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Bernie Sanders is about to start winning. Will that matter?

Bernie Sanders is poised to win a slew of states in the coming weeks. But Hillary Clinton probably won't be sweating it. 

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    Democratic presidential candidate Bernie Sanders holds a town hall event at the Navajo Nation casino in Flagstaff, Ariz., Thursday.
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Get ready to feel the Bernie-mentum. 

Yes, Bernie Sanders’s political prospects don’t look great at the moment. He’s suffered through a string of frustrating defeats as rival Hillary Clinton has piled up state wins and pulled out to a wide delegate lead.

But his electoral results should improve during the next month. Upcoming Democratic contests are in states more in sync with the Feel the Bern message. Headlines may reflect a number of outright Sanders wins.

Geography is one thing that’s suddenly tipping in Mr. Sanders’s favor. Mrs. Clinton has dominated in the Deep South and Appalachian border states due to their preponderance of African-American Democratic voters. But now the party’s presidential struggles are moving west. Of the next eight contests, only one is in a state east of the Mississippi. 

And that one is Wisconsin, which holds a primary on April 5. With a long history of liberalism and an electorate that’s 82 percent white, the Badger State could well be Bernie Country. Right now (sketchy) state polls show Sanders slightly ahead.

Voting methods are also changing to favor Sanders. Six of the next 8 Democratic contests are caucuses, not primaries. Caucuses reward fervor – you’ve got to hang around while people make speeches and organize. You can’t just vote and leave. And fervor is something Sanders supporters appear to have in abundance. Just disagree with them on Twitter – you’ll see.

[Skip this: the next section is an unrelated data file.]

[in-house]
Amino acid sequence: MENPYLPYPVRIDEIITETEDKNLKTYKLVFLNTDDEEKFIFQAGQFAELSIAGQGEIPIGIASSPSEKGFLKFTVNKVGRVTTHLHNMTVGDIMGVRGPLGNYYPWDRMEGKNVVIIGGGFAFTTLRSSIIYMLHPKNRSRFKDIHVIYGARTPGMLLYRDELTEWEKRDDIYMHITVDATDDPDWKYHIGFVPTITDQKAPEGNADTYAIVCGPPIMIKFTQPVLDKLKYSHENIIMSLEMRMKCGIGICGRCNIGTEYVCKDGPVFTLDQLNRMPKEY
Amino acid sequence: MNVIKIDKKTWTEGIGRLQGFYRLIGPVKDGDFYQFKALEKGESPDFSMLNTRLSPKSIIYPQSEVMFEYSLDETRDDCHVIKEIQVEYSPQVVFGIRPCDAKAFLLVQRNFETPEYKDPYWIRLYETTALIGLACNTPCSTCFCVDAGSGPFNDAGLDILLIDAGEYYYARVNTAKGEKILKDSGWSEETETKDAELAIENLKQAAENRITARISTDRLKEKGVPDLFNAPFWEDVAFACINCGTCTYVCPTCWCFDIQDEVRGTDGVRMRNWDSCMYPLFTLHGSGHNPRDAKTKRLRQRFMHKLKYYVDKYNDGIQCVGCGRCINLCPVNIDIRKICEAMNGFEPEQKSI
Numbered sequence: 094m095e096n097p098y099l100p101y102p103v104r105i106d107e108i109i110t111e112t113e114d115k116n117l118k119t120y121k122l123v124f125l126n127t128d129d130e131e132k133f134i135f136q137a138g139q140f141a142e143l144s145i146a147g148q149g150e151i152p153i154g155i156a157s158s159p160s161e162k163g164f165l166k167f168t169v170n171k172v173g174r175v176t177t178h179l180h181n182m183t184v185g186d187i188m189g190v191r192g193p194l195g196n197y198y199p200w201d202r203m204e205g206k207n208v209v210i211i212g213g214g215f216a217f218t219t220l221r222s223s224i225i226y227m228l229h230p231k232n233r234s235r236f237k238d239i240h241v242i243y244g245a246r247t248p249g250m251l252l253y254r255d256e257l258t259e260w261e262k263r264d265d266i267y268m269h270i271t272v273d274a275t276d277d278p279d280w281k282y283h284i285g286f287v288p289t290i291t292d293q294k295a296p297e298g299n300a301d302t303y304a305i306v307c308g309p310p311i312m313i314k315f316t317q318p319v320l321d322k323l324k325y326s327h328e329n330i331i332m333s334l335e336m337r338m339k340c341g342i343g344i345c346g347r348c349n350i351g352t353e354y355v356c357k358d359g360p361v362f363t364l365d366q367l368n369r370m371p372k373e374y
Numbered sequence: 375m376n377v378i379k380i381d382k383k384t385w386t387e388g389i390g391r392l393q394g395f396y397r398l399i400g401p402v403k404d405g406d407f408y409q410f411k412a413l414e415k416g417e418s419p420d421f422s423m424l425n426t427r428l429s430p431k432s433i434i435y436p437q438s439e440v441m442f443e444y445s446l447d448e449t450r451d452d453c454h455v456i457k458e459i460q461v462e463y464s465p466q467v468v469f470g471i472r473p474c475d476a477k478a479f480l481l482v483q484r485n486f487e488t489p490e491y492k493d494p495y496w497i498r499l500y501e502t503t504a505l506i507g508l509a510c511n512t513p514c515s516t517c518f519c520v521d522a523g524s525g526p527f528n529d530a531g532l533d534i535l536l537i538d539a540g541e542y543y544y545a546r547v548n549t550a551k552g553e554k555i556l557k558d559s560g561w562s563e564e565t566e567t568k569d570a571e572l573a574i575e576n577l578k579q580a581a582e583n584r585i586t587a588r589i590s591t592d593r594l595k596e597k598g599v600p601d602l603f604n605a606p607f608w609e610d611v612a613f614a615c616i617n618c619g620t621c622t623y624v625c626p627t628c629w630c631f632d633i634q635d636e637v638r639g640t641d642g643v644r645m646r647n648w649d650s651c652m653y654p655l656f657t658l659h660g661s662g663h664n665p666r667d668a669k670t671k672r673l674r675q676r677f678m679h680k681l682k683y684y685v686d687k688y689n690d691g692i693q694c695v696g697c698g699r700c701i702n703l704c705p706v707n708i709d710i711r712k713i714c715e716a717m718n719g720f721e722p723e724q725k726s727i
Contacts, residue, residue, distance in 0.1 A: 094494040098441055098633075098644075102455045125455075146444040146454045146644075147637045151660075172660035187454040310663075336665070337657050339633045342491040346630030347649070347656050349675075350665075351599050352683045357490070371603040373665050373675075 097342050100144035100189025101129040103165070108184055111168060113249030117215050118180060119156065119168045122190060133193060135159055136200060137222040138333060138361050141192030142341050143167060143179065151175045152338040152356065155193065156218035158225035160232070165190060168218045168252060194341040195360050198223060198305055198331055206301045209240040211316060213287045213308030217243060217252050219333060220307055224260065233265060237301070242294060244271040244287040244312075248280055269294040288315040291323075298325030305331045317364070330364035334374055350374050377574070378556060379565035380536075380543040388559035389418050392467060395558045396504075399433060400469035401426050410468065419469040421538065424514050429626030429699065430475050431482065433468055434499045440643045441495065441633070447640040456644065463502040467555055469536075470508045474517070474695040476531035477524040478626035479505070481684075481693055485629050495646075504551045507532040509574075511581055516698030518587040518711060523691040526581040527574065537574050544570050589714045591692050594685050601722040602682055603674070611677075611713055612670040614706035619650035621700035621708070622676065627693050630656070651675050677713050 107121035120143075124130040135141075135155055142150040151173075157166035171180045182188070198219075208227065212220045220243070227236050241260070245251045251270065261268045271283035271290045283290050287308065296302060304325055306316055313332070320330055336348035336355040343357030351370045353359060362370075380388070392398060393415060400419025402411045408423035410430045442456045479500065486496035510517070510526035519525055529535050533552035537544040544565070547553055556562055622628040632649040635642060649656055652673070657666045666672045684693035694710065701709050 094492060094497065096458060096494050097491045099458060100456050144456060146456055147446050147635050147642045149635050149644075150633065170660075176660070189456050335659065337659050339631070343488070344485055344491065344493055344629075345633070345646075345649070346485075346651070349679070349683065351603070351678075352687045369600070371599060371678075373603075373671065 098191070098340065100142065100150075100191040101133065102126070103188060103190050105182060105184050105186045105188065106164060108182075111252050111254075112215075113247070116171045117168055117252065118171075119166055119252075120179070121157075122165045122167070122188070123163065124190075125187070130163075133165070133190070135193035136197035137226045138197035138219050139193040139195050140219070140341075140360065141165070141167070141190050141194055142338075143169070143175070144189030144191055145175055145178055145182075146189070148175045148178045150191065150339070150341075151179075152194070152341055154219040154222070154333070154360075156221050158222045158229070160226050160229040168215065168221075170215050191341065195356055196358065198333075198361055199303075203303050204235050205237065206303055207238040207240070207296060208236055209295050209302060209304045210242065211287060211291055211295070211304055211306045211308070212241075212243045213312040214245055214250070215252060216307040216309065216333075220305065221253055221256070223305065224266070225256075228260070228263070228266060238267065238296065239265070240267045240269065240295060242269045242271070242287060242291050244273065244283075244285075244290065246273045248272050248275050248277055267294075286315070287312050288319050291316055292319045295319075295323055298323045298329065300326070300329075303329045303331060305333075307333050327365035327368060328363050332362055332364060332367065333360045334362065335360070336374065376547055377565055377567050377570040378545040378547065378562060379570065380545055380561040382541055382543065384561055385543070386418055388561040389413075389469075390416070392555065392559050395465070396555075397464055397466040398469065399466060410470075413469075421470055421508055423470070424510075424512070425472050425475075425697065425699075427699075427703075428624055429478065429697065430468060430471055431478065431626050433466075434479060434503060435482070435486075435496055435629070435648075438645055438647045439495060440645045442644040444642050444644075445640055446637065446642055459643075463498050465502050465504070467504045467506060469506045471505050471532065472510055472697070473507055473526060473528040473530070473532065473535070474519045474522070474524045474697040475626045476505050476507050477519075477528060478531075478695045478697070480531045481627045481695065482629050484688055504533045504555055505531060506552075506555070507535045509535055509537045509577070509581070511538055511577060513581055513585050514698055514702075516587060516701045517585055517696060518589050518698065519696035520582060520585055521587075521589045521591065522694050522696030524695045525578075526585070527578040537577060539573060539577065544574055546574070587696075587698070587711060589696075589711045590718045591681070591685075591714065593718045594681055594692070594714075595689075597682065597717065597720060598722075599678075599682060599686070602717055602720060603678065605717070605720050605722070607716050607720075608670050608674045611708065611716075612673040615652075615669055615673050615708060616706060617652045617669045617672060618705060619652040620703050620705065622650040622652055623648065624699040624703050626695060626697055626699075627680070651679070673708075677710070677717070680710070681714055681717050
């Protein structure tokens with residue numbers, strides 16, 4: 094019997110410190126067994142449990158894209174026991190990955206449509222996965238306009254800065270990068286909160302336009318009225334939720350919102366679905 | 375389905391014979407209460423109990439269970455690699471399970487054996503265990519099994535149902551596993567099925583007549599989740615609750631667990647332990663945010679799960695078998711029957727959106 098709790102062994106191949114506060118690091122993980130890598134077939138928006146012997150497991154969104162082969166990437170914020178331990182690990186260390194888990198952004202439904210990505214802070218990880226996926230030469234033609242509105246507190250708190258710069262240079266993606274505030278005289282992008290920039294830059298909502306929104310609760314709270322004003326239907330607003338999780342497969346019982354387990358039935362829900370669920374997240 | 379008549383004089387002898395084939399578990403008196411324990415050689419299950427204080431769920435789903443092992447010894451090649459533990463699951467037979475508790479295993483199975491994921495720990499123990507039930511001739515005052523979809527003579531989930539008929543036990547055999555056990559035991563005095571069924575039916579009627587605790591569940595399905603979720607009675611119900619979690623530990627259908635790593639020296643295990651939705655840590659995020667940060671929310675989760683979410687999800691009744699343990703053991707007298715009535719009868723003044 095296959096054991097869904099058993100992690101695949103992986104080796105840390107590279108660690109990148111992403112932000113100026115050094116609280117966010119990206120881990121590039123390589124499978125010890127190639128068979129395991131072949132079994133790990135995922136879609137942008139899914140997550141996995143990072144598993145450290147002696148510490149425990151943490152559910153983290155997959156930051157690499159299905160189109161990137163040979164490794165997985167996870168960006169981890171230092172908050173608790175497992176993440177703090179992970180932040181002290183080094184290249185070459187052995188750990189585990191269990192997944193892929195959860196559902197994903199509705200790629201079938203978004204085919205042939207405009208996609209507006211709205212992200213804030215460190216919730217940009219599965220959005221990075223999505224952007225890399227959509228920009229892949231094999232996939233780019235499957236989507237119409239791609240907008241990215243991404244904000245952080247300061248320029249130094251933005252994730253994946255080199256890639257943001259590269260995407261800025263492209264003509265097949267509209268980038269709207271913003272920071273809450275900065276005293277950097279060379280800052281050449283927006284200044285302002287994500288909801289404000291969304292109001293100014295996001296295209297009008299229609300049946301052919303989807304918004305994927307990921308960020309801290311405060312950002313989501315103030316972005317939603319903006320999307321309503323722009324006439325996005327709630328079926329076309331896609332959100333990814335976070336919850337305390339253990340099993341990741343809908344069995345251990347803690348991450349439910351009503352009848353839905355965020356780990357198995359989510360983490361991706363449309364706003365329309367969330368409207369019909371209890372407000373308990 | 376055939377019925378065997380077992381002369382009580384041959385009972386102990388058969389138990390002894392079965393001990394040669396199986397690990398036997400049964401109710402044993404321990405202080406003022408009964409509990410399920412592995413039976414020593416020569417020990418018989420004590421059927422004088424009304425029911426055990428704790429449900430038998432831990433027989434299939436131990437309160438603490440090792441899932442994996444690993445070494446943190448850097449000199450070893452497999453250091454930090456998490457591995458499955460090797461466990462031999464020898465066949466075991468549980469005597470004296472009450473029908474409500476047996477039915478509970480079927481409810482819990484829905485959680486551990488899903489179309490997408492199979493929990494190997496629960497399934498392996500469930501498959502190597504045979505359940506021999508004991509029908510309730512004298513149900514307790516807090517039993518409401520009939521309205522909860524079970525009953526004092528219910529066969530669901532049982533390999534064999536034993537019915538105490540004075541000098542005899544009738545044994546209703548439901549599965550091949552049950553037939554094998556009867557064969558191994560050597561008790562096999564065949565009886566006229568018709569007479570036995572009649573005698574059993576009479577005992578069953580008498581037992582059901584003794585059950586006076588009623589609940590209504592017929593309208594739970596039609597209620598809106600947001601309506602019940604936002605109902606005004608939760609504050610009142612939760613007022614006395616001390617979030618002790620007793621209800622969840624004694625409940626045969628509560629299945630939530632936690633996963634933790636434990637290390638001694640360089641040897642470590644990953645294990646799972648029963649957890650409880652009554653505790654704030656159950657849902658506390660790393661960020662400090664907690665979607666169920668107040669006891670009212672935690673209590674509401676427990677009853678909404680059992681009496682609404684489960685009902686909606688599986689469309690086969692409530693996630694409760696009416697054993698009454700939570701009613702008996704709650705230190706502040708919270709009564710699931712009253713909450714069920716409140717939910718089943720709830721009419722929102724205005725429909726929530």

Utah and Idaho hold caucuses on March 22. Alaska, Hawaii, and Washington hold caucuses on March 26. Wyoming holds its caucus on April 9. Sanders might sweep them all.

Of the upcoming contests, only Arizona, which holds a primary on March 22, looks like prime Clinton country. With an electorate that’s majority-minority, it looks more like the states she’s already won.

But now it’s time for the obligatory caveats. The above will mostly affect perception – Sanders will win states, get media coverage, and look like he’s doing better. You might even see the return of “Clinton Stumbles” stories.

However, the former secretary of State is still the prohibitive favorite to be the Democratic Party nominee for president. Prediction markets have her at a 95 percent chance to win. 

That’s because state wins get the headlines, but the delegate lead does the work. Right now Clinton has 326 more pledged delegates than Sanders does. Hundreds more superdelegates have endorsed her and would be unlikely to vote for Sanders unless he overtakes her in the pledged delegate vote. 

Closing a lead that big would be extremely difficult. All the Democratic votes are proportional, meaning even the loser gets a proportion of the delegates awarded. Thus to catch up to Clinton, Sanders needs blowout wins, not just victories. He needs to take home between 58 and 60 percent of the delegates awarded between now and the end of primary season.

Could that happen? Yes. Yale “could” also continue to blow through March Madness to an NCAA basketball crown. Then it could win the NBA for good measure. It’s not against the laws of physics. Just those of probability.

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